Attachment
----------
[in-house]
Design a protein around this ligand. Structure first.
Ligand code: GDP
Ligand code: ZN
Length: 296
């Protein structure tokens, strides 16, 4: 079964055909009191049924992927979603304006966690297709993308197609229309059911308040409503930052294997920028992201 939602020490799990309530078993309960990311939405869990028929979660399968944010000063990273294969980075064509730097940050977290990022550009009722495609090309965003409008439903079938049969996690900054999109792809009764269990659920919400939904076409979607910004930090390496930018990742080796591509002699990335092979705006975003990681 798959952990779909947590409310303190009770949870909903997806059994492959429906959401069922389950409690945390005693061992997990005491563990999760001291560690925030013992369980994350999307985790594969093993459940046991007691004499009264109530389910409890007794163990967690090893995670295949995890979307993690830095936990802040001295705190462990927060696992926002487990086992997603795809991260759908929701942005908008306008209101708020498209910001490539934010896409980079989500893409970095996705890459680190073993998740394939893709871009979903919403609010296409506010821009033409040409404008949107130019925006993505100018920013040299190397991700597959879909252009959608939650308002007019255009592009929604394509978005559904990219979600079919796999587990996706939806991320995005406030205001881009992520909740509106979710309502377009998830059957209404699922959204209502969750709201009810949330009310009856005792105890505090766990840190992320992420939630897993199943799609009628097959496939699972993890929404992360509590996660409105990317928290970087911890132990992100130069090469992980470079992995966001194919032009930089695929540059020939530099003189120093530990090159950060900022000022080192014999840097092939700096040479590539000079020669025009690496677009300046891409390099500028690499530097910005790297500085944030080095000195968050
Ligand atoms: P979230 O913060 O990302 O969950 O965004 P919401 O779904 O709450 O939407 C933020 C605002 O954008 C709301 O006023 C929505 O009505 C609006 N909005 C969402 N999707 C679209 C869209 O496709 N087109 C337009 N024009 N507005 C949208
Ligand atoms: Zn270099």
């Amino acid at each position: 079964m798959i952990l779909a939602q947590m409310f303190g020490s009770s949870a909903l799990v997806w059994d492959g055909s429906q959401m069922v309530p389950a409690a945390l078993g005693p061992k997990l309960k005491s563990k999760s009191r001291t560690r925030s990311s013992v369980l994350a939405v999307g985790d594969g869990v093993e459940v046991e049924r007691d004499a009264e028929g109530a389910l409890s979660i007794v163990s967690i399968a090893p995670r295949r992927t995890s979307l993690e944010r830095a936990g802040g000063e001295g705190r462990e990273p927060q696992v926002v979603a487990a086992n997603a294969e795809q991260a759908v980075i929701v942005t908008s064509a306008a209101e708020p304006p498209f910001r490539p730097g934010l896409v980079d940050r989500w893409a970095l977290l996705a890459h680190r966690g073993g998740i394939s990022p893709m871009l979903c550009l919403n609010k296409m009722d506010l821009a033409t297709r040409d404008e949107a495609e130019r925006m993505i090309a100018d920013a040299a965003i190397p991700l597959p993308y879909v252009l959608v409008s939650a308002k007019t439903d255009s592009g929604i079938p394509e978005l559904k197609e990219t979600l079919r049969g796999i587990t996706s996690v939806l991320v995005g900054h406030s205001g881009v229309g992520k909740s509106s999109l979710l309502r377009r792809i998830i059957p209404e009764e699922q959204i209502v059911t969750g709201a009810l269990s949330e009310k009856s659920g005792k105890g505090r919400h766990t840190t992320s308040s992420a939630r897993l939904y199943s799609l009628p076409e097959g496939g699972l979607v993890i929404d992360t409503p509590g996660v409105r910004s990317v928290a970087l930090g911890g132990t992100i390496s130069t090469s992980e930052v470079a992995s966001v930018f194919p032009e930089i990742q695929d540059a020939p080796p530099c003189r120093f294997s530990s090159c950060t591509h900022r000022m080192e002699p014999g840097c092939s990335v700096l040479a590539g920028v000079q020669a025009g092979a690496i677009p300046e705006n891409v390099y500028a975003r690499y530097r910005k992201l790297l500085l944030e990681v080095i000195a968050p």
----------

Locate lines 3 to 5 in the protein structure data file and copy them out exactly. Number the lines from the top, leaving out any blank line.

Ligand code: GDP
Ligand code: ZN
Length: 296